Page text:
Over on the new members thread the discussion drifted onto Rioja.
A separate thread seems a better idea.
I’m really no expert on this region but did visit in 2018, which gave an insight.
Obviously much discussion has been about the modern v traditional approach of various producers.
So how do we define this and which do you like?
Over on the new members thread the discussion drifted onto Rioja.
It’s certainly a very beautiful rugged region.
I’ve always liked Rioja, long before we knew about the grapes involved, but I don’t buy a lot of it* - except in pubs and chain restaurants (remember them?) with poor wine lists. Rioja is the only wine likely to be bottled by the winery, all the rest for all their fancy invented names are bulk shipped - and I try to avoid those.
I have touted Tempranillo (the main red grape of Rioja)as the next fashionable red wine, and have noted increasing plantings in and very enjoyable wines from the new world.
*mainly because give preference to others.
I am waiting with baited breath for the wise to chip in. I have no Rioja in my stash and should correct this.
I adored the Tondonia I have tried but often find some of the modern iterations too sweet and oaky. I have found this with the CVNE wines I have tried but I understand that this is seen as a more traditional producer. Or is it certain cuvee which are modern and others more trad? Muga I have also had mixed experiences with.
I am reluctant to spend too much on wines in a region I do not understand but need to get started somewhere.
I love Rioja, so I’ll bite. (And, as an aside, theres a lovely thread on Wineberserkers where someone has gone to the huge effort of collating every producer in Barolo into modern/traditional/in-between. It took several years, so patience, please ).
Many wineries now realise that simply sticking to either ‘modern’ or ‘traditional’ is not an economically expeditious way of operating. So they will tend to produce a range of each (or ones that lean that way).
Traditional aspects generally centre around (and I don’t expect this to be an exhaustive list!) long, generally oxidative ageing regimes (We’re all aware of Crianza/Reserva/Gran Reserva right?), where emphasis is put as much on winery production methods as grape quality (to an extent). They will also be aged exclusively in American Oak rather than French - I think the only exception to this last rule is Marques de Riscal.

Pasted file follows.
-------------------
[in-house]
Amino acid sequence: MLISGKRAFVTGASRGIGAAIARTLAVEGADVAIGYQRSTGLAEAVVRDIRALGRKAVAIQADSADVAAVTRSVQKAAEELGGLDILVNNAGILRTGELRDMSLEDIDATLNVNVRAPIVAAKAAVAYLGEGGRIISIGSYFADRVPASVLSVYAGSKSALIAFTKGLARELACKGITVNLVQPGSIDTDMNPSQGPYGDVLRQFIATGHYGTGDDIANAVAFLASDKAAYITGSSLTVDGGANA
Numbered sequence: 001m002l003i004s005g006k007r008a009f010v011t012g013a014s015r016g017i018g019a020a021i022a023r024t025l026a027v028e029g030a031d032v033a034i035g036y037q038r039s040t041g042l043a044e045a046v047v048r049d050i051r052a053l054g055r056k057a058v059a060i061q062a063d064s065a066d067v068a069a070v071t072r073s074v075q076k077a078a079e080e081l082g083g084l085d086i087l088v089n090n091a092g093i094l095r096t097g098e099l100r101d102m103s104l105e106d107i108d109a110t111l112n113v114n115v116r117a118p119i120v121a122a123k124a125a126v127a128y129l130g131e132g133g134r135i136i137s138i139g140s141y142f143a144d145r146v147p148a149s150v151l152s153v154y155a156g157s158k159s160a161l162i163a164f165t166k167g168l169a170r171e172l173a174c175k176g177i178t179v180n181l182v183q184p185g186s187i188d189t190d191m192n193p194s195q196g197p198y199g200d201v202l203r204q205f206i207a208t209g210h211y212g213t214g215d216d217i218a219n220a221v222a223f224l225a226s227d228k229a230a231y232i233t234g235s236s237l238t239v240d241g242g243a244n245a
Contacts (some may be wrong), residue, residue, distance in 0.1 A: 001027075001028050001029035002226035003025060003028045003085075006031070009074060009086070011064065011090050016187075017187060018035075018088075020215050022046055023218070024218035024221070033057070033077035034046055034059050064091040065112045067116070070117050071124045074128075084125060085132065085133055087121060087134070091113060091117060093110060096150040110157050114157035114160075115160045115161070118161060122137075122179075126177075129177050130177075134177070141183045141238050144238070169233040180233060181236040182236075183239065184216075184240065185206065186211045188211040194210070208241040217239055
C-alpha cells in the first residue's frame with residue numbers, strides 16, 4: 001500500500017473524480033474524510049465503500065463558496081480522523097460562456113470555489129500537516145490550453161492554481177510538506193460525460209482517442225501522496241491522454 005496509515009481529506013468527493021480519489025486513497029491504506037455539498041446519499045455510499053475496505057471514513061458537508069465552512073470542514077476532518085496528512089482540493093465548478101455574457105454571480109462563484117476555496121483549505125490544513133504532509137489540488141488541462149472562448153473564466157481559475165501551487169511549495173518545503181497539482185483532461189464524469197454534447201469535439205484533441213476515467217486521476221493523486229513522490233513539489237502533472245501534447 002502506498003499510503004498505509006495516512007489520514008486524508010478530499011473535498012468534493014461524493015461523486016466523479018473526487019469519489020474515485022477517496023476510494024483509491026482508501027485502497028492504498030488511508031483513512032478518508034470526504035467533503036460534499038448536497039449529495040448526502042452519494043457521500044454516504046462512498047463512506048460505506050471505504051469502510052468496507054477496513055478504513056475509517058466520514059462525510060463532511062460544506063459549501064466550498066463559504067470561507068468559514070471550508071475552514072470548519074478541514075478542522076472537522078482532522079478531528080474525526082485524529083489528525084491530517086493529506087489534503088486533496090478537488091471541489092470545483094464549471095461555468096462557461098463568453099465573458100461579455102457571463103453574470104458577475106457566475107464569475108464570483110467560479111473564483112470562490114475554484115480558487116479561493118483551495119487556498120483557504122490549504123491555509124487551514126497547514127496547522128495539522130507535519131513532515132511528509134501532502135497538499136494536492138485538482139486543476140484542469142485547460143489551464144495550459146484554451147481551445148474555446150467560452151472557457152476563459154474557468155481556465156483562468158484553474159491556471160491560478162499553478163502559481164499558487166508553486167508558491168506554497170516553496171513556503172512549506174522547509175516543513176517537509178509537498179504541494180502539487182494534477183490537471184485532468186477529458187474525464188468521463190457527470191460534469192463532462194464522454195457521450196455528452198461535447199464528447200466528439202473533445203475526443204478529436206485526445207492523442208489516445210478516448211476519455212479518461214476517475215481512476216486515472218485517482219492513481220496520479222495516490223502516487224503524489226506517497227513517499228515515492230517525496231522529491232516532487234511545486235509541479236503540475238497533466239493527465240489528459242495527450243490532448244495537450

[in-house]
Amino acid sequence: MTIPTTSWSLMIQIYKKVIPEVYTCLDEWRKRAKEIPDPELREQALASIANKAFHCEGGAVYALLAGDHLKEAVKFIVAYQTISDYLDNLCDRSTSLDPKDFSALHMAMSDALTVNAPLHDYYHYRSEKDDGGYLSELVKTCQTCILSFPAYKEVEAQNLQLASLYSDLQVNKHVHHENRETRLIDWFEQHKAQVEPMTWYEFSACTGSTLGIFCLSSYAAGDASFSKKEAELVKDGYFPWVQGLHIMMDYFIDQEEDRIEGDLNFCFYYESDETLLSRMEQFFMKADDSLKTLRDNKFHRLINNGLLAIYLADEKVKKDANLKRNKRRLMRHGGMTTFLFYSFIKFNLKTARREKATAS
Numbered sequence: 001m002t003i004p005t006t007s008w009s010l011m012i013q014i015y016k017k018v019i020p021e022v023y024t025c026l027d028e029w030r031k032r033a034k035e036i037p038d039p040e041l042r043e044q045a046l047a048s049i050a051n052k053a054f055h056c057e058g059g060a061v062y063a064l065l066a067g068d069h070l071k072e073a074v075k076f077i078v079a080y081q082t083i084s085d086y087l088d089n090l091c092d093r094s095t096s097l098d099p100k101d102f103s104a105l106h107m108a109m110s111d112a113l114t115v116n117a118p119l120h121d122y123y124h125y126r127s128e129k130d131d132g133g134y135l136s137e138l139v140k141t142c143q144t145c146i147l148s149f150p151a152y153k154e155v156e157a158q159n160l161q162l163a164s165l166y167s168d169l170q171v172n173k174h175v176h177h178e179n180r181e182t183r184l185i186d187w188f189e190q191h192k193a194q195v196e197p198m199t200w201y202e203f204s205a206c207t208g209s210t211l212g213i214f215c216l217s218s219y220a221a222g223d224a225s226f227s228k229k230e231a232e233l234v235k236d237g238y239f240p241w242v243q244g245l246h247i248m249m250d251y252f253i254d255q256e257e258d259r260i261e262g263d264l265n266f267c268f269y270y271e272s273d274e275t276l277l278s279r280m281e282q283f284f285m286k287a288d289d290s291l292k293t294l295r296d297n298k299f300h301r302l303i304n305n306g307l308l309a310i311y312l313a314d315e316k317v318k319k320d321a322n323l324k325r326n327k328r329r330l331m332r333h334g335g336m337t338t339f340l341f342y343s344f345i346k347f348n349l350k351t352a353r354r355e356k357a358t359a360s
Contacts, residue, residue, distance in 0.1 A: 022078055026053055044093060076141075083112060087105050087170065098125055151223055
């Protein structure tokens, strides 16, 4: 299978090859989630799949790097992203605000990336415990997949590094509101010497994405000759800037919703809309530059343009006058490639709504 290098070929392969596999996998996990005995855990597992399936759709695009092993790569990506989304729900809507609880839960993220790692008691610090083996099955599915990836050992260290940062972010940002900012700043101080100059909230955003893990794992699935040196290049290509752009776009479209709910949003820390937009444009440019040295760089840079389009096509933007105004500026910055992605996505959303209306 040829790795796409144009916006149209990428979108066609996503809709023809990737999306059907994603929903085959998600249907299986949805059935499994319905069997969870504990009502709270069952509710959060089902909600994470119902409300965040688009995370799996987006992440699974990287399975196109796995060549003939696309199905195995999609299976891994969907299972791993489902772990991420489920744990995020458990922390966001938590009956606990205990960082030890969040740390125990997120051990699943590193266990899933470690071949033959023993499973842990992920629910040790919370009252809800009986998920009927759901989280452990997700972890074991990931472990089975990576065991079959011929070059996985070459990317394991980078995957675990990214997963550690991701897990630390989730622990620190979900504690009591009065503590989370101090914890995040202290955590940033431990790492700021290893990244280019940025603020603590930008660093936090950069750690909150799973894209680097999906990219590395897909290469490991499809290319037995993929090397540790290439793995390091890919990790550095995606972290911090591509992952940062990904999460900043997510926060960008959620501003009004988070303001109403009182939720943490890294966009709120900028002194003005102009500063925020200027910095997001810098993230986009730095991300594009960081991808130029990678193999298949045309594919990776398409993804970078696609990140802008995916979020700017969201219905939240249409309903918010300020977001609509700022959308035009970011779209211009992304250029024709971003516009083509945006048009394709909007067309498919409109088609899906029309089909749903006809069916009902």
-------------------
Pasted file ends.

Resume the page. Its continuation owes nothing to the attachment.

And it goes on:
Traditional wines, therefore, will tend to be lighter, or bricking in colour, tend towards more dried fruit (cherries cranberries etc) than fresh fruit (not in all instances), have touches of leather, and most definitely in their youth will overtly display their oak regimen.
On top of this, they tend towards a bright, almost vinegary acidity (think balsamic rather than malt!). My understanding (as it goes) is also that the long, slightly oxidative ageing gives them a tendency to higher volatile acidity, but also inclines them to be amongst the longest-lived fine wines on earth.
Modern producers (heavily influenced by the successes of Ribeiro del Duero over the last couple of decades) tend to emphasise fruit over winery methods, being at the forefront of single-vineyard bottlings. They tend to pick later for more ripeness, extract more heavily (I hypothesise, but don’t know, that this involves longer macerations. and if they use oak tend to use French or a mix. These wines, in my experience, tend to be ‘bigger’ with darker fruits and a deeper colour, a richer texture and a perceived lower acidity. I really couldn’t offer an opinion on their longevity, as I buy very little of them.
Rioja classification is concentrated on wood aging, and wineries will have wines in the different categories.
Instead of focusing primarily on a winery, look at the type of wine, given by the ‘Reserva’, ‘Grand Reserva’ type definition on the front label - or the seal at the back of the bottle.